C.S. Lewis on Reason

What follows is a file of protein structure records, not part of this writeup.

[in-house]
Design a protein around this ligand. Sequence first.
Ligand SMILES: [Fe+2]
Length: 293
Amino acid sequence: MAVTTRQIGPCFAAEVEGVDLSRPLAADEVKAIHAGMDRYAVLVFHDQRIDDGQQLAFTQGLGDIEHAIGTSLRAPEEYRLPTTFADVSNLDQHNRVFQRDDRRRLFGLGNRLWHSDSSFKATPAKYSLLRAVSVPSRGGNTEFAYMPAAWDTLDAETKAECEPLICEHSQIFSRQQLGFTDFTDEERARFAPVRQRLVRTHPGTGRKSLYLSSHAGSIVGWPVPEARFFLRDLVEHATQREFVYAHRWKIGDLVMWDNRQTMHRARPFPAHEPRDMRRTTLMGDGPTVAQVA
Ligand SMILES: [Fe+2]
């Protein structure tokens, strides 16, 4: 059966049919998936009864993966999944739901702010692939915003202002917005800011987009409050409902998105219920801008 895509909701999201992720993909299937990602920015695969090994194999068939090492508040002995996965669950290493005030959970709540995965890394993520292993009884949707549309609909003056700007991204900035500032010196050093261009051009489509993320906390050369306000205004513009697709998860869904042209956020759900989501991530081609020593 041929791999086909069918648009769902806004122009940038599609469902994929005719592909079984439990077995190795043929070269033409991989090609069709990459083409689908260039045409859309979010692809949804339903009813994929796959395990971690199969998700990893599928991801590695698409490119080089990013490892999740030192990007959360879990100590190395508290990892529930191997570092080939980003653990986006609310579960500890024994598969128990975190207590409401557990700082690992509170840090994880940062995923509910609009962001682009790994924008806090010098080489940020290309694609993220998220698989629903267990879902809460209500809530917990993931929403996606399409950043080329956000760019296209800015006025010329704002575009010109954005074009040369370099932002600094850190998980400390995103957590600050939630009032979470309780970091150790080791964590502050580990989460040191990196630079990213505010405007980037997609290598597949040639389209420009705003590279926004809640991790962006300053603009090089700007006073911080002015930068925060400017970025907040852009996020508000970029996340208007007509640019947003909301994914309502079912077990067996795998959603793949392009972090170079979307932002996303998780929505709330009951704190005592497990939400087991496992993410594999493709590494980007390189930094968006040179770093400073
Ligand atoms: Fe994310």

While Lewis played a central role in the Oxford Socratic Club, only six of his twenty-eight talks survived in his own words—until now. Lewis’s “Notes on the Nature of Reason” is an approximately 1,700 word outline of Lewis’s talk “The Nature of Reason,” which he delivered to the Socratic Club on 15 October, 1945. Josiah Petersonand Charlie Starr introduce their transcript of Lewis’s outline, placing the talk in the context of the role Reason played in Lewis’s own life and work and his earlier and later statements on the nature of Reason in works such as “Why I’m Not a Pacifist,” “The Poison of Subjectivism,” Miracles, The Abolition of Man, and The Discarded Image. Lewis's talk emphasizes Reason’s certainty, its inability to provide its own subjects, and the distinction between Theoretical and Practical Reason. It also includes responses to what Lewis saw as the main objections to Reason. Several textual interpretation difficulties are also addressed in the introduction.